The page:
Bottle conditioned?

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I'm a relative youngster in real ale drinking terms, and I don't know
much about beer but I know what I like - variety, character, and a
willingness to experiment with tastes that may not cater to the mainstream.

I have heard of bottle-conditioned beer, which (correct me if I'm wrong)
is beer which undergoes secondary fermentation in the bottle and so
contains yeast sediments; but I've never seen it on sale anywhere. Is it
still on sale to any great extent, and if so where could I get some in
the South or Central London area?

Also, is bottle-conditioned beer really any better than plain old
bottled beer?

Phil

Re: Bottle conditioned?
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Suggest for advice and purchases you visit the Utobeer stall in Borough
Market during Friday/Saturday market hours.

Whether it's any better is a matter of personal taste however.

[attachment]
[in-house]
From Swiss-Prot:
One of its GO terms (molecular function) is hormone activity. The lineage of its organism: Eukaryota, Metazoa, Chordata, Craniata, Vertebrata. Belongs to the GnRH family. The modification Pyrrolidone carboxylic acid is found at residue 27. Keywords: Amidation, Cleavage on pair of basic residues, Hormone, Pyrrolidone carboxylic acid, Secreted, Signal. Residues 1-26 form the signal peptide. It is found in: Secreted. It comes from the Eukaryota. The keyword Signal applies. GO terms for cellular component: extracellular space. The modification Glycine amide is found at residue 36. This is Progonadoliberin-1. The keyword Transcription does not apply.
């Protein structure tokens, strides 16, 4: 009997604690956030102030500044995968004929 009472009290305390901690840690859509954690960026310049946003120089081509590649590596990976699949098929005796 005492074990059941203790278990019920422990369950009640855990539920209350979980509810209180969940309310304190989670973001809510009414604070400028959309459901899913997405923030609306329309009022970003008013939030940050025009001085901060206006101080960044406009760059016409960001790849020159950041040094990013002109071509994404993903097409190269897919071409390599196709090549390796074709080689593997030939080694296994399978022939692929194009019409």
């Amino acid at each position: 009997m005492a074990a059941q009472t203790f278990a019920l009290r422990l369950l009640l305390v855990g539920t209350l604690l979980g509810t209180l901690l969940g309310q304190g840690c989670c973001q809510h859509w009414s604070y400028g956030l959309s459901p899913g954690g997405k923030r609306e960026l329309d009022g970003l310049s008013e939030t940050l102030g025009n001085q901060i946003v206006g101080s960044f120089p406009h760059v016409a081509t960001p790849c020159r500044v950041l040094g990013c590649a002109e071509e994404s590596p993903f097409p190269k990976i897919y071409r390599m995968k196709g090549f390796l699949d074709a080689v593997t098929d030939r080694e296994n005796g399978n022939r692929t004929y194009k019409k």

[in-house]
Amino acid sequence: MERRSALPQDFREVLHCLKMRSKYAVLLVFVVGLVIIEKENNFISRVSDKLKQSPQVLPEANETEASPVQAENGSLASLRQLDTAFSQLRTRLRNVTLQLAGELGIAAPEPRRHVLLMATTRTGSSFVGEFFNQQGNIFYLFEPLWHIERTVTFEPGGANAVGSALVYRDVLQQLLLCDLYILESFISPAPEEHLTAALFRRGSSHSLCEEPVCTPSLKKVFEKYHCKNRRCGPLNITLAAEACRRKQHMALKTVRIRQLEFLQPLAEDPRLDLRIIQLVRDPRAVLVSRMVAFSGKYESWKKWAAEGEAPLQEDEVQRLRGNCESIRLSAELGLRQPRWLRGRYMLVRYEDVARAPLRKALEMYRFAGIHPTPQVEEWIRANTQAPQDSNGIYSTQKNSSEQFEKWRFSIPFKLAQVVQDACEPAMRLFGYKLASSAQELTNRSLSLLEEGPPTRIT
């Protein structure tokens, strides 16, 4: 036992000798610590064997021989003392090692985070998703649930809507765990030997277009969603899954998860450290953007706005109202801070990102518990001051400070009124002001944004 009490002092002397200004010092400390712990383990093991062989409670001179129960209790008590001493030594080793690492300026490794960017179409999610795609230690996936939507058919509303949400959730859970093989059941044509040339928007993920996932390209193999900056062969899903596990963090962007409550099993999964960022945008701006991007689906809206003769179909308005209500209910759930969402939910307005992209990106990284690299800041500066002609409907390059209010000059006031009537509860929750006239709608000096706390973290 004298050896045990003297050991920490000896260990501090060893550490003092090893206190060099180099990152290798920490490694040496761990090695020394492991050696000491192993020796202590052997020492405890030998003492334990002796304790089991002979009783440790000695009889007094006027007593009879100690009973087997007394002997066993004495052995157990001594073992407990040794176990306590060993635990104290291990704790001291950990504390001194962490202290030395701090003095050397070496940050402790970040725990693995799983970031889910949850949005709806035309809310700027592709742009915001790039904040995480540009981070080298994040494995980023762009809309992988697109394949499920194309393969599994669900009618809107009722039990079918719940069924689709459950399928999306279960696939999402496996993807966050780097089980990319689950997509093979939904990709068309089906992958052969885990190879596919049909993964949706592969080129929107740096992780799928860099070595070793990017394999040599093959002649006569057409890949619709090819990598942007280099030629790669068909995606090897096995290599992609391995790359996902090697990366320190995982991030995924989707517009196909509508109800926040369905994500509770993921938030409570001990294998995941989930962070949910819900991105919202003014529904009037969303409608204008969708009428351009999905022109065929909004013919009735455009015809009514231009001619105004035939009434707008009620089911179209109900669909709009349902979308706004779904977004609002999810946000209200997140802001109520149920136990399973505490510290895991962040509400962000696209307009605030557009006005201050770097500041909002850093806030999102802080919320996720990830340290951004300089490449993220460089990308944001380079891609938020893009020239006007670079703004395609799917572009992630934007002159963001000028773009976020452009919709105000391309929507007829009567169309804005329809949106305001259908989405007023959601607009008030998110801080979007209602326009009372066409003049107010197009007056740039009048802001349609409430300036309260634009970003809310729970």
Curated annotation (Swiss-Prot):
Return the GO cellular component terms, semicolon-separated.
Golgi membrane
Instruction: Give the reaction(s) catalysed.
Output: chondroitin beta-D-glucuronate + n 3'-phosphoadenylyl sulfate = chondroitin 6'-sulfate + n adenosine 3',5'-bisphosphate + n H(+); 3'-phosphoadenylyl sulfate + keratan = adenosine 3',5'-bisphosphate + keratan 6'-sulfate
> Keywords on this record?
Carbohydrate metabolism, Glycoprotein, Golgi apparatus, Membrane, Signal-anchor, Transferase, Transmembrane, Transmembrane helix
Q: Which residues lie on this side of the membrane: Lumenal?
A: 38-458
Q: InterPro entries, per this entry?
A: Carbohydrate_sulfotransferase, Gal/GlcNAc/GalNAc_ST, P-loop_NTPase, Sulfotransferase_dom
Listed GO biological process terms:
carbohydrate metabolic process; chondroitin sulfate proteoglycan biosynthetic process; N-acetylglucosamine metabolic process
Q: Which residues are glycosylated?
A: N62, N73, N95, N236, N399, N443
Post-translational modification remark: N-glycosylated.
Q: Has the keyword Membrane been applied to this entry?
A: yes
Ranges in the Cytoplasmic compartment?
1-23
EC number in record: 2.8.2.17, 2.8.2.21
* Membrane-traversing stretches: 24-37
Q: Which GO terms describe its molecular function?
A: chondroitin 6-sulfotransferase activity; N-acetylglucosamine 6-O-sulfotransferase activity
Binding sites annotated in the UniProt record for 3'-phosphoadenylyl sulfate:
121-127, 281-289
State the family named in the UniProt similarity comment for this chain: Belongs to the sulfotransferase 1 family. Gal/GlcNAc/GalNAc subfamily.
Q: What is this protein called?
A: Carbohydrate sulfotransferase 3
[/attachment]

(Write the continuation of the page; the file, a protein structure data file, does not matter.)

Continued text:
Re: Bottle conditioned?
On 14 Jan, 14:05, Jim Brittin <pedigreeZ...@ZZZZoperamail.com [wake up
to reply]> wrote:
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if Boro Mkt is tricky to get to, most supermarkets, some off-licences
& ssome smaller stores (e.g. Co-op) have some bottle-conditioned beers
(aka bottled "real ale") - I've not tried all of them recently, but
good bets in my mind - Hopback 'Summer Lightning', Freeminer
'Goldminer (Coop exclusive?), Fuller's '1845', Young's 'Special
London' (now brewed in Bedford!?), Brakspear's 'Triple' & 'Live
Organic', Worthington 'White Shield'.

Additionally (1) there's a list of brewers who've signed up to CAMRA's
"real ale in bottle" logo scheme here -
http://www.camra.org.uk/page.aspx?o=180974 (it links to a PDF file)

Additionally (2) bars, shops & supermarkets often have a few Belgian
bottle-conditioned beers.

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I'd certainly say it's not as simple as "all RAIB is better than all